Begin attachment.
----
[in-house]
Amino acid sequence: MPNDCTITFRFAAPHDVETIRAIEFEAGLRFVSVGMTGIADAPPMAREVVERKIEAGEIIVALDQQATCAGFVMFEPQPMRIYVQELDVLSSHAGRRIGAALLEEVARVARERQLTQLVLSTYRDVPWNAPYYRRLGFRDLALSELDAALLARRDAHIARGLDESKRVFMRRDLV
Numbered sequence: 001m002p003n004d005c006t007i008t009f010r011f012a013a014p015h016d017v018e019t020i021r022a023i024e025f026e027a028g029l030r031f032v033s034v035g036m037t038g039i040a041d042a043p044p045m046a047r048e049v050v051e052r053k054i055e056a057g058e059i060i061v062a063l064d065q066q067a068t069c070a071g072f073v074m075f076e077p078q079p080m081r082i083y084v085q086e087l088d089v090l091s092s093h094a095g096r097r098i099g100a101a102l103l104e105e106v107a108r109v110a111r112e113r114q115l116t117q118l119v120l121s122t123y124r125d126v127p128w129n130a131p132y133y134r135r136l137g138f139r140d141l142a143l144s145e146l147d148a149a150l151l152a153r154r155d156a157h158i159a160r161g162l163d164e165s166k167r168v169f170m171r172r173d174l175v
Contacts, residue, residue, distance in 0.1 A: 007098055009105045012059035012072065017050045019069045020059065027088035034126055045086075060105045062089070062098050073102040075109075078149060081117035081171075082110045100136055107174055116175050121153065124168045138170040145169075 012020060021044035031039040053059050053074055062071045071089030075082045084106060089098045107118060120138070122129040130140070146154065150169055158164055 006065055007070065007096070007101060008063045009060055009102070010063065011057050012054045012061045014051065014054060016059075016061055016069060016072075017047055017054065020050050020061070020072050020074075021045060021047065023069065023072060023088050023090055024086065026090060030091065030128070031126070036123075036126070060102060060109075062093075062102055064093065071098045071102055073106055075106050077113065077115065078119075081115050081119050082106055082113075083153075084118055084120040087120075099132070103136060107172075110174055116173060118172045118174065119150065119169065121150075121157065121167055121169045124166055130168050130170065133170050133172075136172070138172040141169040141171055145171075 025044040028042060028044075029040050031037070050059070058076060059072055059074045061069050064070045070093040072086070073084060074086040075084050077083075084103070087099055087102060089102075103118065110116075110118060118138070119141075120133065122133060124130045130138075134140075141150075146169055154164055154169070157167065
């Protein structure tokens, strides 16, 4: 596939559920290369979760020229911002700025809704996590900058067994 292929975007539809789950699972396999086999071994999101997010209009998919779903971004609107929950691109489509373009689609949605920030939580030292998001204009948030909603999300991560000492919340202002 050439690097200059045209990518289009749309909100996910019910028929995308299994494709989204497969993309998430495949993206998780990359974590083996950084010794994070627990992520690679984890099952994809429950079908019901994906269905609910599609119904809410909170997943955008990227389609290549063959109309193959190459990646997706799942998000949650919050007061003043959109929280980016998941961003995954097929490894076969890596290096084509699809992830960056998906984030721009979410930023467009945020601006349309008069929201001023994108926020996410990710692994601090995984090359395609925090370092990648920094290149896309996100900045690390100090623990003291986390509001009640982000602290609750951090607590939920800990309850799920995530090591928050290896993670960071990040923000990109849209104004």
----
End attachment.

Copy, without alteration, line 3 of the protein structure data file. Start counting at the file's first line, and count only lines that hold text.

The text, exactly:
Numbered sequence: 001m002p003n004d005c006t007i008t009f010r011f012a013a014p015h016d017v018e019t020i021r022a023i024e025f026e027a028g029l030r031f032v033s034v035g036m037t038g039i040a041d042a043p044p045m046a047r048e049v050v051e052r053k054i055e056a057g058e059i060i061v062a063l064d065q066q067a068t069c070a071g072f073v074m075f076e077p078q079p080m081r082i083y084v085q086e087l088d089v090l091s092s093h094a095g096r097r098i099g100a101a102l103l104e105e106v107a108r109v110a111r112e113r114q115l116t117q118l119v120l121s122t123y124r125d126v127p128w129n130a131p132y133y134r135r136l137g138f139r140d141l142a143l144s145e146l147d148a149a150l151l152a153r154r155d156a157h158i159a160r161g162l163d164e165s166k167r168v169f170m171r172r173d174l175v